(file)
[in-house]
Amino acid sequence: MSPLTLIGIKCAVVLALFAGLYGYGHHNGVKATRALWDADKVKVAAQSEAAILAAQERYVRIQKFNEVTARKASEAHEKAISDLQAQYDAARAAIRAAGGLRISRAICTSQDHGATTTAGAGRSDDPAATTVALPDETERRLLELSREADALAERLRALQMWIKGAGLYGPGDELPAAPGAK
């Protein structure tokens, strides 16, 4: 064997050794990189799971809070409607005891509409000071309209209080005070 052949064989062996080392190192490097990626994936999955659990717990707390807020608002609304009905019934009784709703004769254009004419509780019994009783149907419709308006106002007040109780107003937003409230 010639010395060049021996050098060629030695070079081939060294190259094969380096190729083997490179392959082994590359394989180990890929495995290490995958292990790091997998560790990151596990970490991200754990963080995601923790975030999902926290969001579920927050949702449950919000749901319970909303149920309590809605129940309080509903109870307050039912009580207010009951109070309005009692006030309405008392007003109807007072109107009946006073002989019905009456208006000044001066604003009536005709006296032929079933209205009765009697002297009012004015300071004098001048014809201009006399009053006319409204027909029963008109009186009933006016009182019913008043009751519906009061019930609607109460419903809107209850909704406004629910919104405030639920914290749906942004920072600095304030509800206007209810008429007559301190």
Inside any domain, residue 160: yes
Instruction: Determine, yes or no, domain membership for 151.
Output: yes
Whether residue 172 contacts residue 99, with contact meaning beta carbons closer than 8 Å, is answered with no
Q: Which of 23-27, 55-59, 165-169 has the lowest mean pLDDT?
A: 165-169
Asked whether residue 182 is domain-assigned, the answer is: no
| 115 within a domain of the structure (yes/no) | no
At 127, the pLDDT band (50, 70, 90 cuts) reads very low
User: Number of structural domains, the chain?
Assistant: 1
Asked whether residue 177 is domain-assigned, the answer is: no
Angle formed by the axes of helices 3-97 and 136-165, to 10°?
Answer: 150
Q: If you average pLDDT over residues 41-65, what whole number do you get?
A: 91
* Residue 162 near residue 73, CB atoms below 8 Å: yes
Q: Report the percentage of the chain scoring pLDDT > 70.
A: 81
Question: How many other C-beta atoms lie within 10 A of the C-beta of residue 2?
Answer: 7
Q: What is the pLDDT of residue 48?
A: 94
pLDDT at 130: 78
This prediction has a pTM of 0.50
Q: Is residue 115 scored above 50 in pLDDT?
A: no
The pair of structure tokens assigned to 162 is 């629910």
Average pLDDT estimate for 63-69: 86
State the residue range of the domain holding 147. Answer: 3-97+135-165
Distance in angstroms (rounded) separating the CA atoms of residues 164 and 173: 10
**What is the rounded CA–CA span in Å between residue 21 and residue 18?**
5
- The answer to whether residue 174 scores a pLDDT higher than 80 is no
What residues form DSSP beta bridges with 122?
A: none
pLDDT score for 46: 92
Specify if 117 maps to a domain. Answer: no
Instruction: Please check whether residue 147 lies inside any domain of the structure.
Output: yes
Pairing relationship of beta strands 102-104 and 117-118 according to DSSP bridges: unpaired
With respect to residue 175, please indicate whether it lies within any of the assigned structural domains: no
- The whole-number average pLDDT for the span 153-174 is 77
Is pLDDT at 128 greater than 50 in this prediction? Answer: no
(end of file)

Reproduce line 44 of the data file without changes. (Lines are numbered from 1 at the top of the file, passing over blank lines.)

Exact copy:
Pairing relationship of beta strands 102-104 and 117-118 according to DSSP bridges: unpaired